A brainy film for October Chillers.
In the beginning was the Word... And the Word became flesh... And the darkness didn't understand it...
This is one of those films in which the idea itself is its own selling point. The writing is sometimes a little clunky, and the performances here and there are spotty, although both have their own high points at times. But the idea behind this story, it's psyche, or sub-narrative, makes the whole ride incredibly enjoyable -- feeling smart, though it may or may not be.
I'm not going to delve any further than that into the idea of the story itself. The less you know about the idea, the better. I knew nothing about Pontypool going in, only that it was categorized as a horror film and was recommended to me by a friend while I blast thru my October viewings. And I'm glad my friend suggested it, and I'm glad I knew nothing about it (and he didn't tell me anything, and I hadn't even seen a trailer for the film). Had I known anything at all, I may have skipped it, but the experience itself was rather fun.
Three people trapped in a radio station's control room hosting a local Ontario show must observe and report while the town around them crumbles apart. Fans of Romero or the popular TV show "The Walking Dead" might want to take a special interest. I'm not certain it's the same thing as those, but it will appeal to fans of that particular genre*.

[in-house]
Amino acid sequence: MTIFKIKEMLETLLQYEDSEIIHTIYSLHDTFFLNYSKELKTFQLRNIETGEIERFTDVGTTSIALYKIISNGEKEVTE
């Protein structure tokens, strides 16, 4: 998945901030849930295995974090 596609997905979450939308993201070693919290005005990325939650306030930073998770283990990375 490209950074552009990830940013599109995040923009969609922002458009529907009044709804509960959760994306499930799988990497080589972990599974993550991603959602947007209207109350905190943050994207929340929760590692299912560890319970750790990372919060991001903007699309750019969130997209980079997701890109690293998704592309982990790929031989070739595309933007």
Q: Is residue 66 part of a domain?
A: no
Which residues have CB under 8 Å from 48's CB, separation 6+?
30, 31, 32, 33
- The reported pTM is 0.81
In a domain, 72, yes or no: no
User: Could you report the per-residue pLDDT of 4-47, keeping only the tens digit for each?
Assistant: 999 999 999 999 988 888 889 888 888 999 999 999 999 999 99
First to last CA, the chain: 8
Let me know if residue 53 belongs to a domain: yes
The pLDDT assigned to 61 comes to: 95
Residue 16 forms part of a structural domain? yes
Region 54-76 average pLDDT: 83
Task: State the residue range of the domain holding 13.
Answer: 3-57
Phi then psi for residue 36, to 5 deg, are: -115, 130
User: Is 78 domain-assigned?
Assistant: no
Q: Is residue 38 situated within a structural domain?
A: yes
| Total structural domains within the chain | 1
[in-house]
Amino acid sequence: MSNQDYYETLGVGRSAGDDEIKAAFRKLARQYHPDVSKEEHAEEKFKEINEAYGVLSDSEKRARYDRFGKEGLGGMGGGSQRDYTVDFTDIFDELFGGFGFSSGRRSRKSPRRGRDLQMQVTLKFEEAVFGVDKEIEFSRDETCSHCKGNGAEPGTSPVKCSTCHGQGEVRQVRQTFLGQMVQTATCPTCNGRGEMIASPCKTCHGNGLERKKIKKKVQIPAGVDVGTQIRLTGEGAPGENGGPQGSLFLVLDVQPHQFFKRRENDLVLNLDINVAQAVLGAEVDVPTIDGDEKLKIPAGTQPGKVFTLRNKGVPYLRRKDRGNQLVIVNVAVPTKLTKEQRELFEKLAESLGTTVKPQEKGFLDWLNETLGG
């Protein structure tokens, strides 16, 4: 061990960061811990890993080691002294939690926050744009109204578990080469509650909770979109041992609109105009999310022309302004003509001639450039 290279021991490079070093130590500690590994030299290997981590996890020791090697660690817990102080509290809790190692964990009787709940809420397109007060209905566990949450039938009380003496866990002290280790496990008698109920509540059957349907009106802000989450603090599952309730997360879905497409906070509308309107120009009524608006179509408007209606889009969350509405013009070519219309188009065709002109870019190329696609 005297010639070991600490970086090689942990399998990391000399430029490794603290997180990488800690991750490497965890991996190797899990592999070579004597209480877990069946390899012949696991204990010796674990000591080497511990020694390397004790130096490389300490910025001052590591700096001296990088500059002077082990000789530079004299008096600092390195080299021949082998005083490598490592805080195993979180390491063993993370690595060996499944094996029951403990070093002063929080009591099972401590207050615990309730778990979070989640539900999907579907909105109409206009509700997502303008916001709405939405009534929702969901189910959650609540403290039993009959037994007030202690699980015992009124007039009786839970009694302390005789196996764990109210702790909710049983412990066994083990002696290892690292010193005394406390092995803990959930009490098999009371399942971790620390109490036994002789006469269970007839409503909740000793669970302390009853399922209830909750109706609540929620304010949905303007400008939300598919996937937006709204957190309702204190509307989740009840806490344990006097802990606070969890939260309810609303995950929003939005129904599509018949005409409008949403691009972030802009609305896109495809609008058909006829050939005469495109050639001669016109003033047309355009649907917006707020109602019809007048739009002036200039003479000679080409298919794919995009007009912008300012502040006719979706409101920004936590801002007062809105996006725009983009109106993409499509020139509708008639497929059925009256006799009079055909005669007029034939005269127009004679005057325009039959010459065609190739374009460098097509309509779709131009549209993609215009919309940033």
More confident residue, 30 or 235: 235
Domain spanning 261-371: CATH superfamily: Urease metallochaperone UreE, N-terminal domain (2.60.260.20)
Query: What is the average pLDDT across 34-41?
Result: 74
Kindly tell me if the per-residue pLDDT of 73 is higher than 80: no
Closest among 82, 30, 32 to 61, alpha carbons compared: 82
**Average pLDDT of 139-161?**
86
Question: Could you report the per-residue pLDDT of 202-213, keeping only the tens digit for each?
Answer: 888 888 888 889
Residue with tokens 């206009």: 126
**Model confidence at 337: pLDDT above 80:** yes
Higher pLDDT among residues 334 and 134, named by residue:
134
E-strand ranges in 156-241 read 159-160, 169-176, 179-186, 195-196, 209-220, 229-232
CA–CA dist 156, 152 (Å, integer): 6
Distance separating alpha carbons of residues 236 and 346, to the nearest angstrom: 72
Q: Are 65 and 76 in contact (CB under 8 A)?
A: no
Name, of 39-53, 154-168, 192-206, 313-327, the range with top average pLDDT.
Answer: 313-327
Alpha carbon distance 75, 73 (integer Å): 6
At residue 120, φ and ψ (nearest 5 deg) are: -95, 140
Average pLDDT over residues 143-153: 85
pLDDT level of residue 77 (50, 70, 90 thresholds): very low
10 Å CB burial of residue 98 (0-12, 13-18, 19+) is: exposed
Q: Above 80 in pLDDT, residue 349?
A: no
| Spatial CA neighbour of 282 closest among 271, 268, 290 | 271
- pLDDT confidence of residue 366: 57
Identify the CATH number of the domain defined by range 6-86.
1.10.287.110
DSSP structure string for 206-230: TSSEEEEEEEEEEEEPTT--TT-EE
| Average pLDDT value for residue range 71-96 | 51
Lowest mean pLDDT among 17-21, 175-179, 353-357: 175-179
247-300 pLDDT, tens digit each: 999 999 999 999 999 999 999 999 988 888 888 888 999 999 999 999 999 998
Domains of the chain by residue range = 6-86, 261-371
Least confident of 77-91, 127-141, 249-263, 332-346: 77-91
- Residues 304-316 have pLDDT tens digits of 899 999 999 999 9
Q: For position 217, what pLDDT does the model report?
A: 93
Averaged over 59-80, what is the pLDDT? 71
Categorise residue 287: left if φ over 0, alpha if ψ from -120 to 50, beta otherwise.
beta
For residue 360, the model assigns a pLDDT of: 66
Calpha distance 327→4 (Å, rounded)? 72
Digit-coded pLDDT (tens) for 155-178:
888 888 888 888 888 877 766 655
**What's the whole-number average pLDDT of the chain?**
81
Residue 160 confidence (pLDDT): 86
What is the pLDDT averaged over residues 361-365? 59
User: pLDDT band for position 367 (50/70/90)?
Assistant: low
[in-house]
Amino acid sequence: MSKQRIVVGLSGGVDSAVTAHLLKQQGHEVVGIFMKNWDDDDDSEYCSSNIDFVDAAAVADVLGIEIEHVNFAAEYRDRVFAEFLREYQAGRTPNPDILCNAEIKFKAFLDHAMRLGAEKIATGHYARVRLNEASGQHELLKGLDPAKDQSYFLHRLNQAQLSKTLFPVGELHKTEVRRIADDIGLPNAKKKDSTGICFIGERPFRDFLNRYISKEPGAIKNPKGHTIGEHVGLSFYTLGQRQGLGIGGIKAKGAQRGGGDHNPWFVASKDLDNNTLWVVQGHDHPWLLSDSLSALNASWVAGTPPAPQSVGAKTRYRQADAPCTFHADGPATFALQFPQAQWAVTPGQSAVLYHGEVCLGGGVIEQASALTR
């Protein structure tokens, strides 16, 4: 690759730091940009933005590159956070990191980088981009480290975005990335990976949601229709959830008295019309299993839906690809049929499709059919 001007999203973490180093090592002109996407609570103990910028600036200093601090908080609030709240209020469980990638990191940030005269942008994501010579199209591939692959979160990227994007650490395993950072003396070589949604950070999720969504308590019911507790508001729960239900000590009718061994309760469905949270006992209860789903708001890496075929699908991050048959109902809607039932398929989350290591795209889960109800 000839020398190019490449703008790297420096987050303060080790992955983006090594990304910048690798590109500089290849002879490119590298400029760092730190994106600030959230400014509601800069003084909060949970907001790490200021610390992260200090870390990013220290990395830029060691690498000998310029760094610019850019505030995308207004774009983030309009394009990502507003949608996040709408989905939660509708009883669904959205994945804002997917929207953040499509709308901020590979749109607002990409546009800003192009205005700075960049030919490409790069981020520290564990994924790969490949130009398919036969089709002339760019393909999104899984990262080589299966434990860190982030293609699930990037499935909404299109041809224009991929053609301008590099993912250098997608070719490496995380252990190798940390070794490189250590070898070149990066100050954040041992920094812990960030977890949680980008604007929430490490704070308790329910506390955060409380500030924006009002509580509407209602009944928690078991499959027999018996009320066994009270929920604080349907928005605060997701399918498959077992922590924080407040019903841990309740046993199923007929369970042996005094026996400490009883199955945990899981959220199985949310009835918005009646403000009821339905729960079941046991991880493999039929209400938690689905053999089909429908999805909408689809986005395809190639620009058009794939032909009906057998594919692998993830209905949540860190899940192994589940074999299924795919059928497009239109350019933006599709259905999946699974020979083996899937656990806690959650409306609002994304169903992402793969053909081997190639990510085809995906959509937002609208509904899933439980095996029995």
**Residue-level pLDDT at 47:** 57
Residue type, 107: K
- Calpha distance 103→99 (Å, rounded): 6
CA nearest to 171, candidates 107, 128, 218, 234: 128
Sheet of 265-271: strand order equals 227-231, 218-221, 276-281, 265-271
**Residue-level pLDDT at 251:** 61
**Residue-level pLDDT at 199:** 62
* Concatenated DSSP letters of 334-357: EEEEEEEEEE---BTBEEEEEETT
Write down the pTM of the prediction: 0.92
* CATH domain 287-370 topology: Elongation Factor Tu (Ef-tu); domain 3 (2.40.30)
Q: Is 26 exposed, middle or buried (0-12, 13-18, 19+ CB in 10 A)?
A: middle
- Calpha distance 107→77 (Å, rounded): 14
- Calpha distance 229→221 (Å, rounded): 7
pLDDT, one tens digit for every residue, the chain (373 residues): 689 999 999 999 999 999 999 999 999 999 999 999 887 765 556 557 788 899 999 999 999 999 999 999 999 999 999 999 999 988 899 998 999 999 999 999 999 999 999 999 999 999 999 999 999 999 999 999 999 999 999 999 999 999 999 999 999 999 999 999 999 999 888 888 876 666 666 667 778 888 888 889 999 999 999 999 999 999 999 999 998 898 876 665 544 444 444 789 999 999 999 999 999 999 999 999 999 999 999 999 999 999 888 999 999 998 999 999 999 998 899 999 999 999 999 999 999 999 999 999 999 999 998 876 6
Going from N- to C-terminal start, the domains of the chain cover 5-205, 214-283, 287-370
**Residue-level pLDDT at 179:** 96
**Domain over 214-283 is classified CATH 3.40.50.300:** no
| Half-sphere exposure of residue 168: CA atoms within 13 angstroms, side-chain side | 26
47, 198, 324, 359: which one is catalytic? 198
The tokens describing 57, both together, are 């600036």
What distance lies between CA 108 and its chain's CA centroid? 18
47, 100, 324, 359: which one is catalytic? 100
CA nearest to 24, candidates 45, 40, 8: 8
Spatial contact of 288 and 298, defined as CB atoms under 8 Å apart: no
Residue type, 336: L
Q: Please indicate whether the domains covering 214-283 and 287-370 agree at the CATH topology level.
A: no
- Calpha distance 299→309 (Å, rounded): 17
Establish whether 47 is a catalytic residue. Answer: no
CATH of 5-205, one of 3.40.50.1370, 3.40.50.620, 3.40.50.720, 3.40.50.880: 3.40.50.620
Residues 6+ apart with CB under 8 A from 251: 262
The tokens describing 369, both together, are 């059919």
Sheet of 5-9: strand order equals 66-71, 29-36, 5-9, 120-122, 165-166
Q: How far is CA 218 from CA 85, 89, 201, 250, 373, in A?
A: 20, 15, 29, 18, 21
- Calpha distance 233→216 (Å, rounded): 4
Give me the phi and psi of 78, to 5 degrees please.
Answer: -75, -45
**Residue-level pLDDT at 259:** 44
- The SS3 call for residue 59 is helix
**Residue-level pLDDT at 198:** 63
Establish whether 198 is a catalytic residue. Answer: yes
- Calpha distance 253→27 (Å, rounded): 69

This is not really a film with gore, though there are scenes of it here and there. And it's not a roller coaster ride either, where you hold on tight to its ups and downs, afraid it might derail at any moment. Pontypool is a smart film, which might actually work to its detriment. But enjoyable nonetheless.
File under "Better than a b-movie, not quite as thrilling as other horror."
*If the only way to classify Pontypool is in that particular genre, it's quite clever in how it subverts that genre as well.